I made these notes more than a week ago but I was debating whether or not I should post them because a podcast of Stuart Kelly’s event, where he talked about his latest book, Scott-land: The Man Who Invented a Nation, is available on the West Port Book Festival Website.
In the end I decided I would put them up for those of you who, like me, don’t take anything in through listening alone. If I’m going to retain anything in my head, I have to read it then rewrite it. I must have been responsible for the obliteration of a small forest while studying for Finals.
Another thing is that the podcast won’t tell you anything about the cinnamon cupcakes that were doing the rounds during the event, but I can tell you now that they were delicious.
At last year’s West Port, Stuart Kelly talked about his Book of Lost Books, which is about books you can’t read, perhaps because they have been lost, destroyed, are unfinished or even unstarted. This year he presented Scott-land, which is about books that we don’t read. Specifically, the works of Sir Walter Scott. “Nobody has been as famous and become as forgotten. He is the biggest ever literary failure.” And yet, Kelly said, “No author changed the physical reality of a country as much as Scott did.”
Kelly asked the audience to give him some examples of things that were typically Scottish. For every example we came up with, he pointed out Scott’s influence:
- Tartan -Tartan was the outfit of a traitor at the time Scott was writing. He changed how people perceived it when he dressed George IV in tartan when the king visited Scotland.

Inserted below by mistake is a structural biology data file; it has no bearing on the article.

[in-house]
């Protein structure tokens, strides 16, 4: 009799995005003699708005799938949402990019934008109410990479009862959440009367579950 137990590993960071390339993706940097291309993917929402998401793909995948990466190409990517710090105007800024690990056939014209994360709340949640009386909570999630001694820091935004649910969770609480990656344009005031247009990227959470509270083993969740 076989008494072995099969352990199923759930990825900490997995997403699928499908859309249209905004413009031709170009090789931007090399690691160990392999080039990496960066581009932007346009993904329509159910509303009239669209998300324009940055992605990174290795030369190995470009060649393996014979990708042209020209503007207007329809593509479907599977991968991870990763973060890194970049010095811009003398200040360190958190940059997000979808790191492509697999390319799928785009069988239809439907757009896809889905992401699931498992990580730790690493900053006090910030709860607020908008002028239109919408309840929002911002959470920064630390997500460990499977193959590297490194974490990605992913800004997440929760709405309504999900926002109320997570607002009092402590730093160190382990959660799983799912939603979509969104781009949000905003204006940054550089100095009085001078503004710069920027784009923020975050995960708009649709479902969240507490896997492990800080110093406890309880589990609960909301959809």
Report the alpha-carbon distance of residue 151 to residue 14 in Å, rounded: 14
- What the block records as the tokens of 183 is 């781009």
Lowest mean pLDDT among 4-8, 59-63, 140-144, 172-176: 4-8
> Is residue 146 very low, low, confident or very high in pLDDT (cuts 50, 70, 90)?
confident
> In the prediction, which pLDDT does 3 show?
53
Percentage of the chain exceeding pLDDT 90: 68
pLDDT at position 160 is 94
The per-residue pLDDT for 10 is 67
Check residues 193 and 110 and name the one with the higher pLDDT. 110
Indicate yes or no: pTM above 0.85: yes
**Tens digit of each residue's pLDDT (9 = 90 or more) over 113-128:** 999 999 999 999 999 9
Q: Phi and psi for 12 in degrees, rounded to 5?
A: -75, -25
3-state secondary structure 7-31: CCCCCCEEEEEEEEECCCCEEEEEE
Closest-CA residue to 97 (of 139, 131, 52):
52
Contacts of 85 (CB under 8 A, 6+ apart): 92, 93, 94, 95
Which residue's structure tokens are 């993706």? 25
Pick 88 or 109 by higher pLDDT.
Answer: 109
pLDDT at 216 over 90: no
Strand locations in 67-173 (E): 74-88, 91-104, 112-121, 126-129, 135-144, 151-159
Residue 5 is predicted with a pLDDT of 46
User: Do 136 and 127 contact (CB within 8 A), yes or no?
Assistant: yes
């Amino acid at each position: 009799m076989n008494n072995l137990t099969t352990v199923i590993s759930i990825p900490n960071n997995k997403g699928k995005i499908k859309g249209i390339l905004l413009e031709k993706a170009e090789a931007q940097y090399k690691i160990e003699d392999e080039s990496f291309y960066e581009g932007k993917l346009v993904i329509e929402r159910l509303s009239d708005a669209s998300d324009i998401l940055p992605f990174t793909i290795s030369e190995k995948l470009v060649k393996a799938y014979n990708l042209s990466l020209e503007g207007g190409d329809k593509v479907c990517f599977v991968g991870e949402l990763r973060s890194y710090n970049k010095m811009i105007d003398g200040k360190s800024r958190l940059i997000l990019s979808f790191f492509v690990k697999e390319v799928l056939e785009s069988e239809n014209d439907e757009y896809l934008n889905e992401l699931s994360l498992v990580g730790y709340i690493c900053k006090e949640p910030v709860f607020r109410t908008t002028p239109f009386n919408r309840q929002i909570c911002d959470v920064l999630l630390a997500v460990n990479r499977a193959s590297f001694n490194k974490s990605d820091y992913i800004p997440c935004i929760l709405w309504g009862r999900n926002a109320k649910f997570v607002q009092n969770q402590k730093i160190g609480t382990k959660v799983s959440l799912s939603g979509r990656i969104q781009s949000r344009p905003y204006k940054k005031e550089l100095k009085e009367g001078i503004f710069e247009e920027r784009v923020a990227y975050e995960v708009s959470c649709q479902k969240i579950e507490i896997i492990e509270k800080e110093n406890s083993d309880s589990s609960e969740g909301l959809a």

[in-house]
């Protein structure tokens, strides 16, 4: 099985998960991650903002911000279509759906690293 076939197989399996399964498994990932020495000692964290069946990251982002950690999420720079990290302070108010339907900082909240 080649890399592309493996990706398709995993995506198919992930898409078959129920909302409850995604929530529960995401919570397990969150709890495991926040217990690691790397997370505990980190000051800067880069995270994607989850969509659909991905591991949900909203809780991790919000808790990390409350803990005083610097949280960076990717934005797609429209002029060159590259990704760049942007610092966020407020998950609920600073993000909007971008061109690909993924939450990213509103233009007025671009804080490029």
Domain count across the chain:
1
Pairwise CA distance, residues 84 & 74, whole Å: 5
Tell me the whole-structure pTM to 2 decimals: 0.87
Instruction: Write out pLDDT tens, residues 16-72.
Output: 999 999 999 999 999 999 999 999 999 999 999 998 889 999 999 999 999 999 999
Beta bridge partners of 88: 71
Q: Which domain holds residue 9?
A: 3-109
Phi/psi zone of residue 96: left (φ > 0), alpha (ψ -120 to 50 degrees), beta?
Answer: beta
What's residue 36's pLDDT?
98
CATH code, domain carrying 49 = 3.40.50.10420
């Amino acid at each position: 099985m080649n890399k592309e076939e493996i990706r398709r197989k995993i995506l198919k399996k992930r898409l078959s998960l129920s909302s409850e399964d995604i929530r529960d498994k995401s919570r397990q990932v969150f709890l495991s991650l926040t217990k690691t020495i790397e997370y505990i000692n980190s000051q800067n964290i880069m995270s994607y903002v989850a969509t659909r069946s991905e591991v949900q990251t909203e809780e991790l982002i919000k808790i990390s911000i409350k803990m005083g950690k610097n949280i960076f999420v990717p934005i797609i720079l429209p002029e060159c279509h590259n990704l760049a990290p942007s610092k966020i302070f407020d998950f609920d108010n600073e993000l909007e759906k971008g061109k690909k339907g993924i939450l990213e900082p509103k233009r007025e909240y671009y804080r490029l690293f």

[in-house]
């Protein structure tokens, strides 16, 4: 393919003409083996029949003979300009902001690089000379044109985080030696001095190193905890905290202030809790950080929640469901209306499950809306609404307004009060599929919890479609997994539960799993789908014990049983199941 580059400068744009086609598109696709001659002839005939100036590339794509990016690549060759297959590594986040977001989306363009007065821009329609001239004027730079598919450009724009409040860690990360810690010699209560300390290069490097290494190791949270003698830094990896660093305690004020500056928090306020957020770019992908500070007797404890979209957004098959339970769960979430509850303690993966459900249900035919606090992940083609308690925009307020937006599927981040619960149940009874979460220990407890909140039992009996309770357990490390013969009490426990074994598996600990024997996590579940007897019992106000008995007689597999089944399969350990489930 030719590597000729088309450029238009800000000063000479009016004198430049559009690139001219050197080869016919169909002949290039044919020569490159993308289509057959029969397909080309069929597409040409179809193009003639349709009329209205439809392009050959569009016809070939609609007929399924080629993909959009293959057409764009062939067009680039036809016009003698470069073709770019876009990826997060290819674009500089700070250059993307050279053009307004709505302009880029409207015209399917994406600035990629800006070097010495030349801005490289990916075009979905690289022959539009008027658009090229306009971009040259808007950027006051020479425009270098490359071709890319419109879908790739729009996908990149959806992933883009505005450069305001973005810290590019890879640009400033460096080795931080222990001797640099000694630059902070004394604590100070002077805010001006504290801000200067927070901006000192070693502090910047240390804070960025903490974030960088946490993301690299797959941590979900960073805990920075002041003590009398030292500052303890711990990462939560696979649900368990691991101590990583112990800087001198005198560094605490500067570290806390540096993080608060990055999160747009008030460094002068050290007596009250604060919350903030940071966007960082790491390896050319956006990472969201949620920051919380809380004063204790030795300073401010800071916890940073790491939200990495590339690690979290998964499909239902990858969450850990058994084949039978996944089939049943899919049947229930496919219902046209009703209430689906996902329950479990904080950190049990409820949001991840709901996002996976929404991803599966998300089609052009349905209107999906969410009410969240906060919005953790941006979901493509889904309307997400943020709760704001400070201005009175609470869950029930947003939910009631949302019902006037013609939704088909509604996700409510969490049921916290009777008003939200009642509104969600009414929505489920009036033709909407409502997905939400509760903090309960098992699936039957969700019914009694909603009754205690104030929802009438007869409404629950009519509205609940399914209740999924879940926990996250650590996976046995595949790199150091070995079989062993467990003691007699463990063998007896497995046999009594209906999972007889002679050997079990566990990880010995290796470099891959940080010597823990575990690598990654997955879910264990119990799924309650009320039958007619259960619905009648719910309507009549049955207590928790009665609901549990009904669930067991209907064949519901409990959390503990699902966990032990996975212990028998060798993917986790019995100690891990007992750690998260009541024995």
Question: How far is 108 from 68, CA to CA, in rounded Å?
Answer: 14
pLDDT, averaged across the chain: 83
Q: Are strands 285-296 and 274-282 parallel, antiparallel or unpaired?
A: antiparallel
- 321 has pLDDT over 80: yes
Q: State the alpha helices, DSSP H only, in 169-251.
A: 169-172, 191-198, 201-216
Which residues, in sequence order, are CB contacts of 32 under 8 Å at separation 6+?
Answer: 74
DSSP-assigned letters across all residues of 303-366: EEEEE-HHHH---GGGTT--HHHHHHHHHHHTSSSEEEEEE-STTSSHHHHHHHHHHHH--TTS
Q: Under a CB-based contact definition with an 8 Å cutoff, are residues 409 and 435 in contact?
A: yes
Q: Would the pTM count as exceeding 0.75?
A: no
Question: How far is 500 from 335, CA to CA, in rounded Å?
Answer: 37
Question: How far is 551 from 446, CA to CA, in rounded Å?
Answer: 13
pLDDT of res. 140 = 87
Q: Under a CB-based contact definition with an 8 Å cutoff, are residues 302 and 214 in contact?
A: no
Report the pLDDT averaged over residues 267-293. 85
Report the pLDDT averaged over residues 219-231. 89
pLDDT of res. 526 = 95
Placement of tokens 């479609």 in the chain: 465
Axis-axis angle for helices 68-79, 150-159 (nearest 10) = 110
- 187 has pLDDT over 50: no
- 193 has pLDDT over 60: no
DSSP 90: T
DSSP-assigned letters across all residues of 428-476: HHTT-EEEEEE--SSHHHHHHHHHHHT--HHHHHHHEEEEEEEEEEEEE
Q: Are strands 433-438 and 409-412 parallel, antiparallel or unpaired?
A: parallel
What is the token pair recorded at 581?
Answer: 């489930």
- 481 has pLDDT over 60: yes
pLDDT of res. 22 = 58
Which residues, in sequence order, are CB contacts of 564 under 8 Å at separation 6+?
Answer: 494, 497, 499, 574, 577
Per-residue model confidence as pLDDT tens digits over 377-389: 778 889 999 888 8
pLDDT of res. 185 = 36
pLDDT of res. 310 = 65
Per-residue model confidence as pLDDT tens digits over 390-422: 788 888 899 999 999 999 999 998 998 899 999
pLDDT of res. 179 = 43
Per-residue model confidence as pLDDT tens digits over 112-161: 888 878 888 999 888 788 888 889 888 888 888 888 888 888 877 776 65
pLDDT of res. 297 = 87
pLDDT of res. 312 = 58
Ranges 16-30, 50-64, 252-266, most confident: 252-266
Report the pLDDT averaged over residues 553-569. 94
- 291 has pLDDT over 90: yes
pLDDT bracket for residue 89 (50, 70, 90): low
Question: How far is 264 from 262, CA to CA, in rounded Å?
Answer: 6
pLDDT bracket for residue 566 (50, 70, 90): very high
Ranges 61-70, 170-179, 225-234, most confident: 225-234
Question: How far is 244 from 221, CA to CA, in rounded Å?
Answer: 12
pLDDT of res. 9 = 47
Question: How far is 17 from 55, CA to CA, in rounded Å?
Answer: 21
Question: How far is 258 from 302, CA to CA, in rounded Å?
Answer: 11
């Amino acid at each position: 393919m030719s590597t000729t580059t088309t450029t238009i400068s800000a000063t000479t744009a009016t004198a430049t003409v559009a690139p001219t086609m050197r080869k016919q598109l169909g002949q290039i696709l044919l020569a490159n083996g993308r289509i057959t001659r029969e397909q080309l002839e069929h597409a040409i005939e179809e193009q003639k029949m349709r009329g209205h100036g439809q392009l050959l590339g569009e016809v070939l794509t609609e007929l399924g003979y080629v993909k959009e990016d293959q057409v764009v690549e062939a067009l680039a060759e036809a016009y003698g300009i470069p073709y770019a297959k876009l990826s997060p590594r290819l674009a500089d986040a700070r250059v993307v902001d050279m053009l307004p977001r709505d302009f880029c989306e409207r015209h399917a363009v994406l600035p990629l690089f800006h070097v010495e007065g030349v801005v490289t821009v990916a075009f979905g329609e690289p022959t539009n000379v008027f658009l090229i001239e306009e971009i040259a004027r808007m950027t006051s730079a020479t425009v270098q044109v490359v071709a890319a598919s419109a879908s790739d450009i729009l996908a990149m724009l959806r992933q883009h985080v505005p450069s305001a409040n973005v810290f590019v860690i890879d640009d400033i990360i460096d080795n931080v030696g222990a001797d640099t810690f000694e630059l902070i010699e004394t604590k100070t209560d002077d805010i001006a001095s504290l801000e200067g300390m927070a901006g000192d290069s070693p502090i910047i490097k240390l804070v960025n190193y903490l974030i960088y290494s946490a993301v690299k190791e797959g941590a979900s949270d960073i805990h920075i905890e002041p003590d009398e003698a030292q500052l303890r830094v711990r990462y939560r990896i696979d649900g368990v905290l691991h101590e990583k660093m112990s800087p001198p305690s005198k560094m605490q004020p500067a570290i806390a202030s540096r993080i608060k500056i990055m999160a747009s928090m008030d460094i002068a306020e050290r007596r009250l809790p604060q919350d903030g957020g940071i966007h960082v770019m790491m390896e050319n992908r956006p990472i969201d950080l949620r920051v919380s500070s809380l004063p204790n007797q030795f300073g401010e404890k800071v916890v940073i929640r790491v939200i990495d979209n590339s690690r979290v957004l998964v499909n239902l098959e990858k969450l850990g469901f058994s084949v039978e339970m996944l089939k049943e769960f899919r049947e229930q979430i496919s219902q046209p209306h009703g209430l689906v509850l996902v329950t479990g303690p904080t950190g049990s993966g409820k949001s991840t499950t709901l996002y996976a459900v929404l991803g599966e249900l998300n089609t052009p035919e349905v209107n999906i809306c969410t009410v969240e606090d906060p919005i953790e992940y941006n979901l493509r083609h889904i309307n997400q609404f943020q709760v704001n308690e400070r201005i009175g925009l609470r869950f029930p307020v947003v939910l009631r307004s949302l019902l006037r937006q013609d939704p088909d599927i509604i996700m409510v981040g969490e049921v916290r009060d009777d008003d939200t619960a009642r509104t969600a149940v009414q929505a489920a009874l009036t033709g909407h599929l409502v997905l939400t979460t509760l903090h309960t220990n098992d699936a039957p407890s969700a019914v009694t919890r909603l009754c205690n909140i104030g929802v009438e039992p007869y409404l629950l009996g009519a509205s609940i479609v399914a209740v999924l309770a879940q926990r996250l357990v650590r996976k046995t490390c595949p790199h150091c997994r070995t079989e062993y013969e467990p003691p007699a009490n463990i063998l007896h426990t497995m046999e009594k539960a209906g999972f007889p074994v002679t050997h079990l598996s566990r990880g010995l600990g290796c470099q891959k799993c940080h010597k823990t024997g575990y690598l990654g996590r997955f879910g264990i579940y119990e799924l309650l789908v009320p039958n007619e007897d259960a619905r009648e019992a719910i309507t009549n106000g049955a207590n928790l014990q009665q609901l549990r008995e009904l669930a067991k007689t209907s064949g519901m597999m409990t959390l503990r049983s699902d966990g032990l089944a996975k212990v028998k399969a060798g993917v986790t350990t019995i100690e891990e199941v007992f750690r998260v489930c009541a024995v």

- Accents – In the Waverly novels Scott used the Scots language in prose.
- Bank notes – every Bank of Scotland bank note has Scott on it, because he argued against the government trying to get rid of Scottish bank notes.
- Phrases – Lots of phrases that were coined by Scott have been wrongly attributed to Shakespeare. Two examples are “The war of the roses” and “What a tangled web we weave, when first we practice to deceive.”
And let’s not forget that the iconic Scott Monument, which Kelly likens in his book to a steampunk version of Thunderbird 3, is the largest monument to an author on the planet.
When Kelly asked who in the audience had read any Scott, only a handful of people raised their hands and half of those had to read him. Kelly said he doesn’t see Scott ever coming back into popularity, which is a pity, because when he re-reads Scott’s novels he keeps finding funny bits. “They all have flaws, they all have purple passages, but they all have something good in them.”
One of the things Kelly likes about Scott is that “he is never patronising to his characters in the lower orders.”
On the whole, Kelly says that “Scott is a strange, weird and wonderful author. He wrote the first novel, to my knowledge, where a monkey solves a crime.”